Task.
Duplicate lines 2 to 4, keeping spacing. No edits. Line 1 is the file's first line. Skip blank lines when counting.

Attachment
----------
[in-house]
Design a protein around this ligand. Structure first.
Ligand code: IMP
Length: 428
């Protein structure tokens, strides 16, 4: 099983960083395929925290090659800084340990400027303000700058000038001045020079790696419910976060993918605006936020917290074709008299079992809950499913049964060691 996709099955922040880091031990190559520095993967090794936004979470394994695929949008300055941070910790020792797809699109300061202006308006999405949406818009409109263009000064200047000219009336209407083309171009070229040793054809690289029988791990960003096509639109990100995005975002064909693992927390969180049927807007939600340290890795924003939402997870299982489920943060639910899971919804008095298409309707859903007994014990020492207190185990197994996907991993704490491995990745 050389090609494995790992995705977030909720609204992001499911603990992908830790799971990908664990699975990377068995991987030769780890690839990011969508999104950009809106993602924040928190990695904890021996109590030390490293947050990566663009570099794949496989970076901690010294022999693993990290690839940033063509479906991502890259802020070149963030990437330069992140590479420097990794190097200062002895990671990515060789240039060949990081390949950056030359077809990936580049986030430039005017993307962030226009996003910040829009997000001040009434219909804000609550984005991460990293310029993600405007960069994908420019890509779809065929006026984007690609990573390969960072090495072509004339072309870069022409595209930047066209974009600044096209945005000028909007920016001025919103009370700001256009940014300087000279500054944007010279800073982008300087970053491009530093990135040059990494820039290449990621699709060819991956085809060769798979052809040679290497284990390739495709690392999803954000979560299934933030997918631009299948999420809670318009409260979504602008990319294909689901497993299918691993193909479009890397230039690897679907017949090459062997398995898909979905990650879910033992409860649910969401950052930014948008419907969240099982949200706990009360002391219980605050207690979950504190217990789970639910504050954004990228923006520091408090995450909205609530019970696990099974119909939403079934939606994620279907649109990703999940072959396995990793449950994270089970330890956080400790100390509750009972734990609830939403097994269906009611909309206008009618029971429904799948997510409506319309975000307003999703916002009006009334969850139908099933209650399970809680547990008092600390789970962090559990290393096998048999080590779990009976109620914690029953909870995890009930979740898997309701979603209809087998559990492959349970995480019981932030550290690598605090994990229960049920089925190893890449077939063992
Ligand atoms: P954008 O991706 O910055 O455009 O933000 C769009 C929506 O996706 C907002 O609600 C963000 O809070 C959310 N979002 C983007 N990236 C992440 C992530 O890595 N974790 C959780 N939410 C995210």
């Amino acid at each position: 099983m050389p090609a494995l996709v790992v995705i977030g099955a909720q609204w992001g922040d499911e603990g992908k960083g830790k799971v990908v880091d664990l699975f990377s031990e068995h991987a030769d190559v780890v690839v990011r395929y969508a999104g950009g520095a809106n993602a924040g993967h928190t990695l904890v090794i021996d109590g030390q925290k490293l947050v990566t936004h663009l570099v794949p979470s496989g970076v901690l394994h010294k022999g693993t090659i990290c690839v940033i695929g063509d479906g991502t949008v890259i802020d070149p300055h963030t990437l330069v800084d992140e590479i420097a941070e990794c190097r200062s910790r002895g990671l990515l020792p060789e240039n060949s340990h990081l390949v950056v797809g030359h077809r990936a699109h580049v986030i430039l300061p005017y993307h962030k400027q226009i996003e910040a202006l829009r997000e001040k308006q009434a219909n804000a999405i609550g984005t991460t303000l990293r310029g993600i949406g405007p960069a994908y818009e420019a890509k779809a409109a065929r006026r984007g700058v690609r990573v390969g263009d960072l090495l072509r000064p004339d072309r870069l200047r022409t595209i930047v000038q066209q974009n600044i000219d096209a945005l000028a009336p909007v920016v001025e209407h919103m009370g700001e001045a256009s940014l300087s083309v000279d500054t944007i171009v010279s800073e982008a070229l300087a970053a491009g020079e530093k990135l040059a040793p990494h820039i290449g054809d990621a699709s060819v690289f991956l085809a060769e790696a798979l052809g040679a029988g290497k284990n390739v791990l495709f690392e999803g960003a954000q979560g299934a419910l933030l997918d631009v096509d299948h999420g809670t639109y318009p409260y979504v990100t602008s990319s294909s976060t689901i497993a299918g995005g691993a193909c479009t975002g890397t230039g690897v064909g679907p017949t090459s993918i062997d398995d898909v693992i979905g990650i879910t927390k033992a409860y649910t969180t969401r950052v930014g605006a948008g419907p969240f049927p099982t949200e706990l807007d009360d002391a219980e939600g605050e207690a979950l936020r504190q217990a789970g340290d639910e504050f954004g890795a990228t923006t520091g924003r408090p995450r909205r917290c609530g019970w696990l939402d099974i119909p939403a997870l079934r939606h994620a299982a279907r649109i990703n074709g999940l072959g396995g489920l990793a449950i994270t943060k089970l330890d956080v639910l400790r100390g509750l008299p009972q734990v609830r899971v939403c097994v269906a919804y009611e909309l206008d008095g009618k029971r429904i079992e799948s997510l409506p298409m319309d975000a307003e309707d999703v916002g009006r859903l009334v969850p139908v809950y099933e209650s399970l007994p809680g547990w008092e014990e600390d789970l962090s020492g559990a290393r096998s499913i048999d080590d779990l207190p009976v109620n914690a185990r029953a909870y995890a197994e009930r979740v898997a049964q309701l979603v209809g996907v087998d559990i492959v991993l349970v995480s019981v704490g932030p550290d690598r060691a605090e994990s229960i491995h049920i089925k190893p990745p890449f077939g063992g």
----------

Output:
Design a protein around this ligand. Structure first.
Ligand code: IMP
Length: 428